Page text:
Germaine Dufy (by inheritance from the artist)
Gérard Oury, Paris (by descent from the above)
Wildenstein Gallery, New York (acquired from the above)
Acquired from the above by the present owner in 1973
Dufy's Le Casino is a celebration of the activities of the leisure class. Painted one year after the infamous debut of the Fauves at the Salon d'Automne, the present work demonstrates the feverish coloration and energy that characterizes the best landscapes of the Fauvist tradition. But the present picture was more than just a product of this new trend in painting. Dufy was a great admirer of Impressionist landscape painting, and Le Casino shows an allegiance to Impressionism in the immediacy of its execution. Both styles of painting played a significant role in Dufy's work of this period, and his gleanings from these two movements resulted in compositions that set him apart from his contemporaries.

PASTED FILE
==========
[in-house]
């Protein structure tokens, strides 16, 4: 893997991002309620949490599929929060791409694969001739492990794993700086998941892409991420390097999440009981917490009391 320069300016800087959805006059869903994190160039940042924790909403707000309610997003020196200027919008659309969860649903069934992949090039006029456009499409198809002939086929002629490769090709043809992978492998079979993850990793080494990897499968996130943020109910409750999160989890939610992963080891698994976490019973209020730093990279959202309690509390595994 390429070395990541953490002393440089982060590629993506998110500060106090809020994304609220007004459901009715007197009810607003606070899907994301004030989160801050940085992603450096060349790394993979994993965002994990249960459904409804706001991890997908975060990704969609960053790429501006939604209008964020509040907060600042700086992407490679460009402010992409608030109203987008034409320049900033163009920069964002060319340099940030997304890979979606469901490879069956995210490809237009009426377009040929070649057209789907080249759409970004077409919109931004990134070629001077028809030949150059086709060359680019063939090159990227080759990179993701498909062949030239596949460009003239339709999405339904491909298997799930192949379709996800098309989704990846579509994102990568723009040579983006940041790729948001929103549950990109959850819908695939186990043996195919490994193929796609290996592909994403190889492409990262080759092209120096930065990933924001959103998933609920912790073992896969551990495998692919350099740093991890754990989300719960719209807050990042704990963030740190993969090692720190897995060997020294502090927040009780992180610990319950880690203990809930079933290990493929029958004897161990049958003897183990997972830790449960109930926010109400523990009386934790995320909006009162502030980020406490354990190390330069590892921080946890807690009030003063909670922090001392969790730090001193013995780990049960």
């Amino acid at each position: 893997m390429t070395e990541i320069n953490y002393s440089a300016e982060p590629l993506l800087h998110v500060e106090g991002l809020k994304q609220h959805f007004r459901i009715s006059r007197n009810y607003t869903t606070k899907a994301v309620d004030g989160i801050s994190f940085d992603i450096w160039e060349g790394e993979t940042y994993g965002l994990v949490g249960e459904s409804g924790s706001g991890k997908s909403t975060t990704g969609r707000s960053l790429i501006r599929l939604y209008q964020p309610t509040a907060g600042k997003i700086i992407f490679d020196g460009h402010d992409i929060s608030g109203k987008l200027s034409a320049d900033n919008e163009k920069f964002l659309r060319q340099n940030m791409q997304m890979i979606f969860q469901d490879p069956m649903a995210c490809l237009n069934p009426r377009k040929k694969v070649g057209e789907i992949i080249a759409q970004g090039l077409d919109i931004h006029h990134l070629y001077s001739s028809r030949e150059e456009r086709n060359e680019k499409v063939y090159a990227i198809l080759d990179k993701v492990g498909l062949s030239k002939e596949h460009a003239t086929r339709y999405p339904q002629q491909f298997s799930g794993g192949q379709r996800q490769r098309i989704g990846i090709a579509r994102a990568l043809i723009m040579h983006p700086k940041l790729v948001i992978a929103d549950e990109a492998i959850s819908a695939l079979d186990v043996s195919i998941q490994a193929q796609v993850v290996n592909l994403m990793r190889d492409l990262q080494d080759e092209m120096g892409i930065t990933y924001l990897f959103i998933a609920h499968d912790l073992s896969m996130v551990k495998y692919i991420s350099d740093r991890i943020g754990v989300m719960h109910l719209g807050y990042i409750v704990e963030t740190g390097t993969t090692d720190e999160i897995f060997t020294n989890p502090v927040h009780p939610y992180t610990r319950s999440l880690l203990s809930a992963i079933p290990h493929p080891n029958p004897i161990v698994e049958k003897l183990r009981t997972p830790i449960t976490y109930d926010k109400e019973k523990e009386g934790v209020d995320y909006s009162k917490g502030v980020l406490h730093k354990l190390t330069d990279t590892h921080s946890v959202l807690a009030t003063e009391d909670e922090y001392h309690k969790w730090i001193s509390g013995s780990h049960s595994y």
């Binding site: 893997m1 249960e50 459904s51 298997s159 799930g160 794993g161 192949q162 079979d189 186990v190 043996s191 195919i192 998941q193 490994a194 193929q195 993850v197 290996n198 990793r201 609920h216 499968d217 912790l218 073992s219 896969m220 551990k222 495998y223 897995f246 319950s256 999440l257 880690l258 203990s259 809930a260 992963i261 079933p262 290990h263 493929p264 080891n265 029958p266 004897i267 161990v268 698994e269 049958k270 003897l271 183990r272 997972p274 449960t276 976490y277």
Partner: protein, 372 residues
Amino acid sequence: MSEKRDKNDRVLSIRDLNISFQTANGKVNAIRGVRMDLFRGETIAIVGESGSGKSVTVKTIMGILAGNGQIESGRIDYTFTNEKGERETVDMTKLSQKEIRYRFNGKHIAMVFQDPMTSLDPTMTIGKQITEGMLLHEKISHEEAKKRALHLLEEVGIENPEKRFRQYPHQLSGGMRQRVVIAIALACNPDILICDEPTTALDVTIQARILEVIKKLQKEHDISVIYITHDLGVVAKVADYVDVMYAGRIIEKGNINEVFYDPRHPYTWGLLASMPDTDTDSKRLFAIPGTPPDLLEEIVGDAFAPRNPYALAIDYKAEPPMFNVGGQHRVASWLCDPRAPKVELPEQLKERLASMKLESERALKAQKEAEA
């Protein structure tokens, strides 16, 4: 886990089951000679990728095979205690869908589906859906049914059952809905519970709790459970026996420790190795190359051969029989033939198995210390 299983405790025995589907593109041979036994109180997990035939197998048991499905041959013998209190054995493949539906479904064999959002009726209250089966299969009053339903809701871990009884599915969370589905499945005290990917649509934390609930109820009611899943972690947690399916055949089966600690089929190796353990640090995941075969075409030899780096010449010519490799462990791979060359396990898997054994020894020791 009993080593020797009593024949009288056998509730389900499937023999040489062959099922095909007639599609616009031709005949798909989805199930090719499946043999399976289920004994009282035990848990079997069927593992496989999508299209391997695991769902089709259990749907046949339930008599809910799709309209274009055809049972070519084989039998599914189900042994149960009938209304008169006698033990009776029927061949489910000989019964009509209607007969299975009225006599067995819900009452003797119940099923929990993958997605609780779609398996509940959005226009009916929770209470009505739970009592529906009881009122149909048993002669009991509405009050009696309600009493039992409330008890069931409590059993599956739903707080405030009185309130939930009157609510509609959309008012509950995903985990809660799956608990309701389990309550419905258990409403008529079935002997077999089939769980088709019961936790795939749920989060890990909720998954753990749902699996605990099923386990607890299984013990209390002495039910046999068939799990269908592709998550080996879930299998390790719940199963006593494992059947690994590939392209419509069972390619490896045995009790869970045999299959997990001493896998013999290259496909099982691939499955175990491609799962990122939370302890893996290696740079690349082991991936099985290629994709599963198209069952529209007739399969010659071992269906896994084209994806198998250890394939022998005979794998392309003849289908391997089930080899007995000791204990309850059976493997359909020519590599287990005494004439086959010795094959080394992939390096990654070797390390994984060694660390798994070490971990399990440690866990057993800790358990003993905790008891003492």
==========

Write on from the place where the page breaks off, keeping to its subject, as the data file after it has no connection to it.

As Alvin Martin and Judi Freeman have written, “What distinguished the work of the Fauves from Le Havre (Dufy, Friesz and Braque) from that of Matisse and company was the treatment of surface and color. Whereas the Norman artists have been steadfastly loyal to the Impressionist approach to painting, Matisse, Derain, Vlaminck and the others borrowed extensively from the far more audacious generation that succeeded the Impressionists. The Norman Fauves found irresistible the full-blown Fauve manner of painting, characterized by highly saturated color and the laying in of brilliant tones side by side, and they inevitably responded to it in their own work, produced back in their native Normandy…" (Alvin Martin and Judi Freeman, “The Distant Cousins in Normandy: Braque, Dufy and Friesz,” The Fauve Landscape, New York, 1990, p. 221-22).
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